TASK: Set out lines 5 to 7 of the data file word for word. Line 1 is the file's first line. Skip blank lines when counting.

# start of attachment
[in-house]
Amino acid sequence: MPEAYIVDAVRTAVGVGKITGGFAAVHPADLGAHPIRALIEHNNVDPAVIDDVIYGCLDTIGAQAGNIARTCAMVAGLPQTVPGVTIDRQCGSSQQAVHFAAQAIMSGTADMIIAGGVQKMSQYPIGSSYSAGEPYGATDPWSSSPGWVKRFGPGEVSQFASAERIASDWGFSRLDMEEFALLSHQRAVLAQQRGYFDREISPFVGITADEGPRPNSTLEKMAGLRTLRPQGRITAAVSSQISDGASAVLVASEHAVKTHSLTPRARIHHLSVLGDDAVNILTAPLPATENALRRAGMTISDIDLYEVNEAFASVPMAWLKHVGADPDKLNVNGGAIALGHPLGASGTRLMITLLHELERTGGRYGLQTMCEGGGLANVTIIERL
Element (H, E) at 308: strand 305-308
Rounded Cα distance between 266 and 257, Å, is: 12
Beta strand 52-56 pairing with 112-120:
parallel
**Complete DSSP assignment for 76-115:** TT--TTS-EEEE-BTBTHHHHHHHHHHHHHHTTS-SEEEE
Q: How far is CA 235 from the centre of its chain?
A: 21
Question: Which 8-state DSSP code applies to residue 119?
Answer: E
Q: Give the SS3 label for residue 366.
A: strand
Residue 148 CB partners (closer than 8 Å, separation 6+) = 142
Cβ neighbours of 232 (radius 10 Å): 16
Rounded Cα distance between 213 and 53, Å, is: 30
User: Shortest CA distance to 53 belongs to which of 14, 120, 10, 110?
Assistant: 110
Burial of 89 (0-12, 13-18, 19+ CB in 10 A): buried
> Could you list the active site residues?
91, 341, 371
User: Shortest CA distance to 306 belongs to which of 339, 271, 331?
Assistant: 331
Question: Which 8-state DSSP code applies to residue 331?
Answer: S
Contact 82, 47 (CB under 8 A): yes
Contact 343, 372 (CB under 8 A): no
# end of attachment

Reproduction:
Beta strand 52-56 pairing with 112-120:
parallel
**Complete DSSP assignment for 76-115:** TT--TTS-EEEE-BTBTHHHHHHHHHHHHHHTTS-SEEEE